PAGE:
The landscape of online shopping and e-commerce is going through a big change. Customers are no longer limited to marketplaces and online stores like Amazon, Alibaba and eBay. In the past few years, social media networks like Facebook, Pinterest and Snapchat have started to introduce “Buy” buttons to allow their users to make purchases directly on their platforms. While social media is still far from becoming the preferred online shopping channel, it has the potential to completely revolutionise the online shopping experience.
According to Global Web Index, the global population spent an average of 2 hours and 22 minutes a day on social media in 2018. Considering the global daily average internet use of 6 hours and 42 minutes, an average person spends about 35% of their online time on social media.
Based on these statistics, it makes perfect sense to assume that businesses should be scrambling to set up social media storefronts. What exactly is social commerce? Will it put e-marketplaces out of business? Are online shoppers happy to buy directly on social media? What are the opportunities for your business?
Is Social Commerce Overhyped?
More than just a “Buy” button, social commerce actually encompasses the entire customer journey, which includes product discovery, research and reviews. While social commerce isn’t a new concept, it only started to really develop in the past few years.
In July 2014, Facebook began testing their “Buy” button functionality, allowing users to make purchases without leaving the platform. Twitter introduced their version later that year, with Pinterest introducing Buyable Pins in 2015. Was this the solution that online shoppers have been looking for? Is this the answer to the long-standing issue of cart abandonment? Yes and no.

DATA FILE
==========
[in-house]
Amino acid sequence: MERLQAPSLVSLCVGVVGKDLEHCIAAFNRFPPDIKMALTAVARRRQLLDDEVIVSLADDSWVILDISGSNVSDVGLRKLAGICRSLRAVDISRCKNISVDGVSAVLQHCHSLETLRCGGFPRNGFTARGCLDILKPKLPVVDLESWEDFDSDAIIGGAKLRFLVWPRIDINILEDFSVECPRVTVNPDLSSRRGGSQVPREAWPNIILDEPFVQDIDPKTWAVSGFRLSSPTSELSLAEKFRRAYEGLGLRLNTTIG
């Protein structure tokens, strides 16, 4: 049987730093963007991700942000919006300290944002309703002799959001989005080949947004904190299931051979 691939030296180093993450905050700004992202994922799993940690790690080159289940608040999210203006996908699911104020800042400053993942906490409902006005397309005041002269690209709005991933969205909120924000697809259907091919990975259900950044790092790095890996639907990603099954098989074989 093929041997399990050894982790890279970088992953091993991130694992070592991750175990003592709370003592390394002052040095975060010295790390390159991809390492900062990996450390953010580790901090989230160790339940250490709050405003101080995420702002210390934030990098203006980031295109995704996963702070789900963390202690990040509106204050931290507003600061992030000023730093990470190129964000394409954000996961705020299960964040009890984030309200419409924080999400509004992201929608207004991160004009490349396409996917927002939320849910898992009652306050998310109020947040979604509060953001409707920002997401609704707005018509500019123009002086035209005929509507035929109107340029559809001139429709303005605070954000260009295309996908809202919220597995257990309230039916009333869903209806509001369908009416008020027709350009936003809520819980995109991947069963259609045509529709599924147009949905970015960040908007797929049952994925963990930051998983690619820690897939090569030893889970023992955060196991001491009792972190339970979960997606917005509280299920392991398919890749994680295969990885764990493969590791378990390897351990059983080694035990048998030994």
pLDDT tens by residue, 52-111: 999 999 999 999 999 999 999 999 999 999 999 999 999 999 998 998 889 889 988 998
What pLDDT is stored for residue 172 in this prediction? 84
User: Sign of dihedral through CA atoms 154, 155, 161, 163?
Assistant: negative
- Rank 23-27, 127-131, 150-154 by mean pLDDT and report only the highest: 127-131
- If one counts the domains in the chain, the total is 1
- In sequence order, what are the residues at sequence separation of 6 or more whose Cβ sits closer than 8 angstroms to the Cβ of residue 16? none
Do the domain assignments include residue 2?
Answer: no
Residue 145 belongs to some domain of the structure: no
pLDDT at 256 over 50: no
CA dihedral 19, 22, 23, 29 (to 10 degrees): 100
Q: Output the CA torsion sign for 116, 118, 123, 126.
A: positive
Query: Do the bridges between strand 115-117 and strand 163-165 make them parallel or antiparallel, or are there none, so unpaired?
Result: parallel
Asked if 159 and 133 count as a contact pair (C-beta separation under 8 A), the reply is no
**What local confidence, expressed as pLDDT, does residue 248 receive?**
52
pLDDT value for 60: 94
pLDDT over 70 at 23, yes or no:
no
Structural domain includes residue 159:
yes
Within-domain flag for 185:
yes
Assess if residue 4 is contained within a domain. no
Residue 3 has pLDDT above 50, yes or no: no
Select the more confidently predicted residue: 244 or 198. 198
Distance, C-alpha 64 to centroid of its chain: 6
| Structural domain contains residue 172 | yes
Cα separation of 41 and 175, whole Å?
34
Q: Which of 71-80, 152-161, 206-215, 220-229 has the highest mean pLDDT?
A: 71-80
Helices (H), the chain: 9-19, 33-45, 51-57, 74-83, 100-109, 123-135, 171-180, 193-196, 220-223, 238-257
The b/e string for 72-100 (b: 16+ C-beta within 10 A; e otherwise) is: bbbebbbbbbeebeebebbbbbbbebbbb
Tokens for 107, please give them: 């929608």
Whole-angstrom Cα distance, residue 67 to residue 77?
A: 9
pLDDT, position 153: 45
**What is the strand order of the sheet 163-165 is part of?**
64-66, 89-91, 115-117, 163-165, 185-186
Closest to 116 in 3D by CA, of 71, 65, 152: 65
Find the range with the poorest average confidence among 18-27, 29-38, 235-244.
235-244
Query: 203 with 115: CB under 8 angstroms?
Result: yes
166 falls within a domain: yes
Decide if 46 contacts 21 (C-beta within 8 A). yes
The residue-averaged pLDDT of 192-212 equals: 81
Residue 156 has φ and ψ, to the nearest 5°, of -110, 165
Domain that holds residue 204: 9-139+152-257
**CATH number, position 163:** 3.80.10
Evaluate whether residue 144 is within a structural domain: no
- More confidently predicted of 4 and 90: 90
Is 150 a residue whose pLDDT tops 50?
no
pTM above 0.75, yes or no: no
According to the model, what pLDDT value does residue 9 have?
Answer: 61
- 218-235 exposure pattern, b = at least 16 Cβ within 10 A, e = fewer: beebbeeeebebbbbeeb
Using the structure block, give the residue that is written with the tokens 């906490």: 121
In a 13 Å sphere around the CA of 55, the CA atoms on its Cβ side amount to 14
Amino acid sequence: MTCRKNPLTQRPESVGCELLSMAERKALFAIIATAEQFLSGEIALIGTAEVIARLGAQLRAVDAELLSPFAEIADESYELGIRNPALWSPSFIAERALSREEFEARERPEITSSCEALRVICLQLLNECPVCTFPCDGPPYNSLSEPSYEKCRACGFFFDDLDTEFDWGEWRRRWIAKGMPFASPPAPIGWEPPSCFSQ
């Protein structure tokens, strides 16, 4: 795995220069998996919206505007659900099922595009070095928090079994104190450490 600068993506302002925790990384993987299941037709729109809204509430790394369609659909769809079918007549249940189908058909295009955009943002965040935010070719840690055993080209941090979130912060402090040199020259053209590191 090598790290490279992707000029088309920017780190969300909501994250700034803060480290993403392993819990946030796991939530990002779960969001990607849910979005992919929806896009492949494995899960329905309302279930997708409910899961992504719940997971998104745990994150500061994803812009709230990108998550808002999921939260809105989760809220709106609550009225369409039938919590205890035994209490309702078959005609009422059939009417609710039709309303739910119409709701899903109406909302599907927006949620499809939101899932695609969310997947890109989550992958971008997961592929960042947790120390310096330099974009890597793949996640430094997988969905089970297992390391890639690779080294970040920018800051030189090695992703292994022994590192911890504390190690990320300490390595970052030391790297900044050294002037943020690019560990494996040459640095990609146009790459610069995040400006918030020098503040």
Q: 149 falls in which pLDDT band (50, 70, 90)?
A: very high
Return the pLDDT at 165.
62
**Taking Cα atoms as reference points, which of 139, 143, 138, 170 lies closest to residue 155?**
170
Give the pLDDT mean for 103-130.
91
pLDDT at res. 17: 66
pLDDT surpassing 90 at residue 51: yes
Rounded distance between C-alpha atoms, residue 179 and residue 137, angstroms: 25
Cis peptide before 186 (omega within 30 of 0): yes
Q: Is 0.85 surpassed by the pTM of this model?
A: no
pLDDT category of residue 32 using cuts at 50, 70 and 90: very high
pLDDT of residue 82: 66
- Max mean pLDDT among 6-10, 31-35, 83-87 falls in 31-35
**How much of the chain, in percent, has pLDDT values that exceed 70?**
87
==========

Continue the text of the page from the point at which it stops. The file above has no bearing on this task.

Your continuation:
The journey for social commerce wasn’t smooth sailing – Twitter announced the end of their social commerce endeavour in 2017, and according to data from SUMO Heavy in 2018, 82% of consumers did not complete transactions on social media.
The marriage of social media and e-commerce seemed like the perfect amalgamation of the digital age. What happened? Why aren’t millennials furiously clicking away on the lovechild of Facebook and Amazon? Here are a few reasons:
Consumers have a love-hate relationship with social media. While they love consuming and sharing content, they abhor sponsored content, turning to ad-blockers to tune out sales pitches and promotions. Flashing a big “Buy” button while a user is trying to enjoy their favourite cat video will only earn the business a place in the block list.
2.Security and privacy concerns
The infamous Cambridge Analytica debacle has made users wary of disclosing personal data to social networks. Completing a purchase on social media would require credit card information, contact details, delivery addresses and a traceable record of the user’s purchase history. Layer that on top of content consumption, preferences and demographic data, and it’s no surprise that users are wary of clicking that “Buy” button.
3.Fear of the unknown
Unlike e-commerce giants like Amazon and Alibaba, social networks are relatively new to the game. Users do not know if the buying process is as seamless and hassle-free as what they’re normally used to. The checkout process, delivery, shipping and returns come standard for e-commerce, but how would they work on social commerce?
4.Wrong state of mind
Users on Twitter and Facebook are generally not in the mood for shopping. They are usually looking to consume videos for entertainment, get updated on current affairs, or stalk their high school crush. If they are looking to buy something, they are usually in the discovery or consideration stage in the user journey and would merely be conducting research.
Gaining Traction in 2019